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The vast majority of individual clients of the failed Mozambican retail bank “Nosso Banco” (“Our Bank”) will receive all the money they deposited back, guaranteed Mozambican Prime Minister Carlos Agostinho do Rosario on Thursday.
Speaking in the Mozambican parliament, the Assembly of the Republic, in response to an urgent request for information about the collapse of Nosso Banco from the main opposition party, the rebel movement Renamo, Rosario said the bank only had 5,100 individual depositors. 4,500 of these (91 per cent of the total) have less than 20,000 meticais (about 270 US dollars) in their accounts.
Since the Deposit Guarantee Fund (FGD), operated by the Bank of Mozambique, will reimburse clients of failed banks with up to 20,000 meticais each, most of the individual depositors will lose no money at all.
Rosario added that the 20,000 meticais limit could be raised, if there are sufficient resources available. The FGD pays nothing to corporate clients, or to clients who held money in foreign currency accounts. They will have to wait for the liquidation of the bank to see how much, if anything, they receive.
The FGD is financed by contributions from the state, the Bank of Mozambique and the commercial banks. The 20,000 meticais limit is not just for Nosso Banco clients, but for depositors in any bank that goes bankrupt.
A liquidation commission, headed by the company Deloitte, will work out the size of the Nosso Banco bankruptcty estate, and will then pay off anyone with an outstanding claim on the bank – the creditors, the bank’s workers, the depositors and finally, if there is any money left, the shareholders.
The bankruptcy estate will come from collecting all the money owed by clients who took out loans from Nosso Banco, and selling off all the bank’s assets. There are not many of these – the bank had just three branches and eight ATMs, all in Maputo.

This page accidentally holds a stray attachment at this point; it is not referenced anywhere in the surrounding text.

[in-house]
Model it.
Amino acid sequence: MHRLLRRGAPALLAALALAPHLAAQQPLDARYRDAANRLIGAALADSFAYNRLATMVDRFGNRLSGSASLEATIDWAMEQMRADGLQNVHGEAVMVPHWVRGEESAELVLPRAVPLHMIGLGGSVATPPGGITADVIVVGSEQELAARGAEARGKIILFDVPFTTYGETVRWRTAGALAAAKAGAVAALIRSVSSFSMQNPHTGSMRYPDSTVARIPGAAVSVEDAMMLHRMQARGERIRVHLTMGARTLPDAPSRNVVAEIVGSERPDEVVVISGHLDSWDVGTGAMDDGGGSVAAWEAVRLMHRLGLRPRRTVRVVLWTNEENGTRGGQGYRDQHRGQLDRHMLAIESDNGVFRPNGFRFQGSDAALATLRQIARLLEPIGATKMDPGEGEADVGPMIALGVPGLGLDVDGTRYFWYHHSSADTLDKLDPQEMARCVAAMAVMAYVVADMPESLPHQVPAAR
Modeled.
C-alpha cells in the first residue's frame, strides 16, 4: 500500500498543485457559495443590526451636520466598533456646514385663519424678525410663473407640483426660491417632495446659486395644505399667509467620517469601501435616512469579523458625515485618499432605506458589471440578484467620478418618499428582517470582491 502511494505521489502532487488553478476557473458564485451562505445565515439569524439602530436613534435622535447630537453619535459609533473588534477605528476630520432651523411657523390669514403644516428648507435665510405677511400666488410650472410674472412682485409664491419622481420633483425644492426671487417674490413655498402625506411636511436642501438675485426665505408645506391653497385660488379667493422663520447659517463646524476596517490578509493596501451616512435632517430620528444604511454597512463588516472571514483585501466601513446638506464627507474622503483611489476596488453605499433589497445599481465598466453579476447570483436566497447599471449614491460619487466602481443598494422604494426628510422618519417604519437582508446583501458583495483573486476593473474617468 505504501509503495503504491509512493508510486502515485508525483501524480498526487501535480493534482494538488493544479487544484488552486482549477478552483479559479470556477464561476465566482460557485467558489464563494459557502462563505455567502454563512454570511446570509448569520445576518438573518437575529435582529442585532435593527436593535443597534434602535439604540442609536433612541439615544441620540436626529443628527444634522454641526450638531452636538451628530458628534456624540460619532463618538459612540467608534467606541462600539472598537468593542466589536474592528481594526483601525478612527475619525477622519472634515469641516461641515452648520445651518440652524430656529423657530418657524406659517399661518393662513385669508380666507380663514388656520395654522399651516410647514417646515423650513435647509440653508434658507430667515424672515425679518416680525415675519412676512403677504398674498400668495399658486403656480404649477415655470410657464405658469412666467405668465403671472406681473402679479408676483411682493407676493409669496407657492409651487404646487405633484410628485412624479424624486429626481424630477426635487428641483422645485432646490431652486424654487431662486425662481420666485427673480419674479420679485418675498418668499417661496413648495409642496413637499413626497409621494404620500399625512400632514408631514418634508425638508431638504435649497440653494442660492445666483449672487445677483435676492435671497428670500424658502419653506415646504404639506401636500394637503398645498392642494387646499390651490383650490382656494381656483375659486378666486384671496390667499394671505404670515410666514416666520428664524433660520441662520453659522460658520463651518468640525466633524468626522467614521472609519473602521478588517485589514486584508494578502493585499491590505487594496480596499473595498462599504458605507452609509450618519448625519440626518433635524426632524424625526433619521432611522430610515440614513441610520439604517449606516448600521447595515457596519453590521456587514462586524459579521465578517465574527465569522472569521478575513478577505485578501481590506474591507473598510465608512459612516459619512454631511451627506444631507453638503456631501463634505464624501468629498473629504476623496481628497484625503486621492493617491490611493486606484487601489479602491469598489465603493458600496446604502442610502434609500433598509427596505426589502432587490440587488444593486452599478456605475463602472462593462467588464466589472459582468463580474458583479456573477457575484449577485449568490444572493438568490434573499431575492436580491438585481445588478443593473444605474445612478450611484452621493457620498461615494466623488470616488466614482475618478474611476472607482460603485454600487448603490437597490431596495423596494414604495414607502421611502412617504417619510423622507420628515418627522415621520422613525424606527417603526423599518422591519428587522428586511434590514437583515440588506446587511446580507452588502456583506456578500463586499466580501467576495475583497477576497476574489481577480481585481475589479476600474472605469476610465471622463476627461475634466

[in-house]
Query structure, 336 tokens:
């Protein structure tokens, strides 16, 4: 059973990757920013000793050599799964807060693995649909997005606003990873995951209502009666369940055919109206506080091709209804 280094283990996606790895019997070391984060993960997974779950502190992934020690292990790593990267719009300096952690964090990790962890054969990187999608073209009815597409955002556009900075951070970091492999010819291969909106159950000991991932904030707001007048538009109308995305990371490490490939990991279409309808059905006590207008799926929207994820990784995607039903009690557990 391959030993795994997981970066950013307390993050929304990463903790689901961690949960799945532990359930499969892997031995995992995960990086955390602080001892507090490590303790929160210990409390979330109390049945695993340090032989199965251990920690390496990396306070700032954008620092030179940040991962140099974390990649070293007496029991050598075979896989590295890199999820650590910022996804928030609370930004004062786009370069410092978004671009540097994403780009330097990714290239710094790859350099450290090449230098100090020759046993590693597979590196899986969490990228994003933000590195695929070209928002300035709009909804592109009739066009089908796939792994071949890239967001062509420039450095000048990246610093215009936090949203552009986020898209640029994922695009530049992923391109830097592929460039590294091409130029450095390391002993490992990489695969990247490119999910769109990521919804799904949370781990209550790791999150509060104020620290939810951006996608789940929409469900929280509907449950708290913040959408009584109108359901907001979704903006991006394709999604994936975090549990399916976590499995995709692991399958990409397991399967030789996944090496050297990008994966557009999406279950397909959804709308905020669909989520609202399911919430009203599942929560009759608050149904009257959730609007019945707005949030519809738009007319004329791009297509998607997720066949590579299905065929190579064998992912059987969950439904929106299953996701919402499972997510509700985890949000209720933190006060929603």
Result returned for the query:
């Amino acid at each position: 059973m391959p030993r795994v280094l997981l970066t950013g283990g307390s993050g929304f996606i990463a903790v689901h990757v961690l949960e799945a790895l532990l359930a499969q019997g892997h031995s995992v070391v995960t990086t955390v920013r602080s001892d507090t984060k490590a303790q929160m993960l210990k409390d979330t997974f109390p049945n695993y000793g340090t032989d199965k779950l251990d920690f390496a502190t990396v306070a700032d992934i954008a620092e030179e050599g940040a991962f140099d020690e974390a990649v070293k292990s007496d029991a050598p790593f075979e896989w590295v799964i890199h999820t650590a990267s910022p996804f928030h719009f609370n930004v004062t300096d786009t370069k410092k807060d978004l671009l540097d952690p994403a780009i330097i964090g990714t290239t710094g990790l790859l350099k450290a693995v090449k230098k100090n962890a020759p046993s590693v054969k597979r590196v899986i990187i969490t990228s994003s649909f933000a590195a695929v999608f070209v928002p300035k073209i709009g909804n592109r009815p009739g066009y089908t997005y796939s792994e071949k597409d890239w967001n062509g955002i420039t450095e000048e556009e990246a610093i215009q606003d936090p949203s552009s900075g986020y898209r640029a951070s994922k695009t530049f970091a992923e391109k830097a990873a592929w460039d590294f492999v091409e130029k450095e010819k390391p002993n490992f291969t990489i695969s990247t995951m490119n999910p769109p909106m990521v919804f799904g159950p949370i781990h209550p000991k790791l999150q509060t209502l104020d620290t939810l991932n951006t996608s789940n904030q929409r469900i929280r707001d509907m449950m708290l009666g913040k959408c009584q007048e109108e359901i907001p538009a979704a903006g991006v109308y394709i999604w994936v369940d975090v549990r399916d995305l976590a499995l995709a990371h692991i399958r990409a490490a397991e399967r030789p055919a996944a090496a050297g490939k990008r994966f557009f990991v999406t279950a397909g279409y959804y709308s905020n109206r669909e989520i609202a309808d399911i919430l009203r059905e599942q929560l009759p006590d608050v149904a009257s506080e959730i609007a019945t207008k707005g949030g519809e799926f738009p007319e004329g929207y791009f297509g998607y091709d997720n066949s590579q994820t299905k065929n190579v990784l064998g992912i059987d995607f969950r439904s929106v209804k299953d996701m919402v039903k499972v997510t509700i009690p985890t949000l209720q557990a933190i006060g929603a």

Rosario pointed out that the decision to liquidate Nosso Banco was the exclusive responsibility of the Bank of Mozambique, which enjoys operational independence.
The central bank, he said, must “take the measures it deems necessary to ensure the stability and solidity of the financial system. Stability of the financial system is a necessary condition for chanelling savings into investment for the sustainable growth of the economy”.
Since the central bank found that Nosso Banco “did not meet the minimum requirements for continuing to operate, it was obliged to revoke its licence”.
Giving further details, Finance Minister Adriano Maleiane said a plan for recapitalizing the bank was proposed in 2014, but did not have the desired effect. Its situation deteriorated to such as extent that by 2015 it was not sending the central bank the legally required information that all commercial banks must submit.
Nor was it constituting the obligatory reserves – the amount of money that any commercial bank must deposit with the Bank of Mozambique. The compulsory reserves coefficient currently stands at 15.5 per cent.
This failure was repeated month after month, and the central bank took punitive measures against Nosso Banco in 2015, including a ban on the bank making any further loans. The Bank of Mozambique also wanted to see Nosso Banco draw up a strategic plan, which would require the injection of at least 2.5 billion meticais.
Most of this money would have to come from the two main shareholders, the National Social Security Institute (INSS), which owned 77.2 per cent of the shares in Nosso Banco, and the national electricity company, EDM, which owned 15.13 per cent. But these are public bodies, which had already sunk capital into the bank over the previous decade with no gains to themselves, and they declined to provide any more money.
Maleiane said the central bank gave Nosso Banco a deadline of 31 October to meet the various legal limits. The most important of these is the solvency ratio, which should be at least eight per cent, but in Nosso Banco had fallen to below zero.
When Nosso Banco failed to meet this deadline, liquidation became inevitable.Source: AIM
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